Ubuntu – How to find the Process ID (PID) of a running terminal program

command lineprocess

I am running a program in the terminal that I can't escape with CtrlC and that I want to kill. How can I find its PID?

Best Answer

Open another terminal and run ps ax | grep foo where foo is the name of the unresponsive program. This should return a line of output that looks something like this:

$ ps ax | grep firefox
2222 ?        S      0:00 /bin/sh /usr/lib/firefox-3.6.9/firefox
2231 ?        Sl   514:36 /usr/lib/firefox-3.6.9/firefox-bin
30290 pts/2    S+     0:00 grep --color=auto firefox

The first field of each line of output is a number which represents the Process ID of the program matched by grep (you can safely ignore the last one, which represents grep itself.

To halt the offending process, do: kill pid where pid is the Process ID of the program. You might have to use your judgment as to which of the matches needs to be killed, or you could use top instead. Using kill by itself sends SIGTERM, which you should try first as it allows the program to properly clean up after itself. If SIGTERM fails, try SIGHUP, which is stonger medicine: kill -HUP pid. If all else fails, send SIGKILL. But, you should only do so as a last resort, because SIGKILL causes the kernel to terminate the process immediately with no possibility for cleanup. This can at times result in data corruption or other problems. So again, only send SIGKILL as a last resort. To do so, do kill -KILL pid or kill -9 pid.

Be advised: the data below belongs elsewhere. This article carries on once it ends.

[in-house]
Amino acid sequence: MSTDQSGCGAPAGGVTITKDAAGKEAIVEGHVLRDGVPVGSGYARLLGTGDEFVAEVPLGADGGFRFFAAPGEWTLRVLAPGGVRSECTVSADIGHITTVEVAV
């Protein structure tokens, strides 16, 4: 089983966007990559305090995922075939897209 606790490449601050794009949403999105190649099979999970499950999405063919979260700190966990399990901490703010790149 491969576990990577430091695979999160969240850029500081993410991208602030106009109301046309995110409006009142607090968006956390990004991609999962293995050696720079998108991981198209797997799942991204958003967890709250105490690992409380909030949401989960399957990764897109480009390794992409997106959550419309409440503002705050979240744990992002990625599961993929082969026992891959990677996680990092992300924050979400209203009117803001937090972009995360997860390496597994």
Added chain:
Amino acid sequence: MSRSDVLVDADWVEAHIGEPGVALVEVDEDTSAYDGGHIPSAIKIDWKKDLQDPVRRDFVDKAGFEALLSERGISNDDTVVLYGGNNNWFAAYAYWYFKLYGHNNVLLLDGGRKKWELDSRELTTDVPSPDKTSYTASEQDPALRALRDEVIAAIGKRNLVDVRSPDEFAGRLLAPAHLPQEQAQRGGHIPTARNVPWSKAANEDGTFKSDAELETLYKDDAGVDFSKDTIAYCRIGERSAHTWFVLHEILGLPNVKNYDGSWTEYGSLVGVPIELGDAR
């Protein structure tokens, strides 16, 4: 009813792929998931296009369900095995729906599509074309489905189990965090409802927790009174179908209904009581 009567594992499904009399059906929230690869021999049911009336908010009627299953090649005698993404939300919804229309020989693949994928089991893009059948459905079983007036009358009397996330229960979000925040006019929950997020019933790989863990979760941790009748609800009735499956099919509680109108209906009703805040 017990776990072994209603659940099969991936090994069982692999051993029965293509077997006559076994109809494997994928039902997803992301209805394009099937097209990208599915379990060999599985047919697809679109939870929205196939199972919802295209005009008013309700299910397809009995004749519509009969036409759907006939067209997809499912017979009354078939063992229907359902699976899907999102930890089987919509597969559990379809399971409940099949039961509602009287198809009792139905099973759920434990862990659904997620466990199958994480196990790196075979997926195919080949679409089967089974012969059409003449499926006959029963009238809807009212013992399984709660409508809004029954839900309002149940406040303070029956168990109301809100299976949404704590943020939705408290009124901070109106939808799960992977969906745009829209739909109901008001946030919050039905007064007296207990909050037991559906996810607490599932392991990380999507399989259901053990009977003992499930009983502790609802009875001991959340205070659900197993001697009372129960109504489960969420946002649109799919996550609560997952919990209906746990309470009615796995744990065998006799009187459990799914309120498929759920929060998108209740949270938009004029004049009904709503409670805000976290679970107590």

If you are running a graphical interface, of course, you don't have to fool with this crazy command-line stuff to get the job done. Just open "System Monitor", navigate to the Processes tab, choose the process you want to halt (Hm, could it be the one using 90% CPU?) and right-click it. Since the process is already stopped, (that's the problem, right?) choose End Process or Kill Process from the resulting menu.

Credit to koanhead

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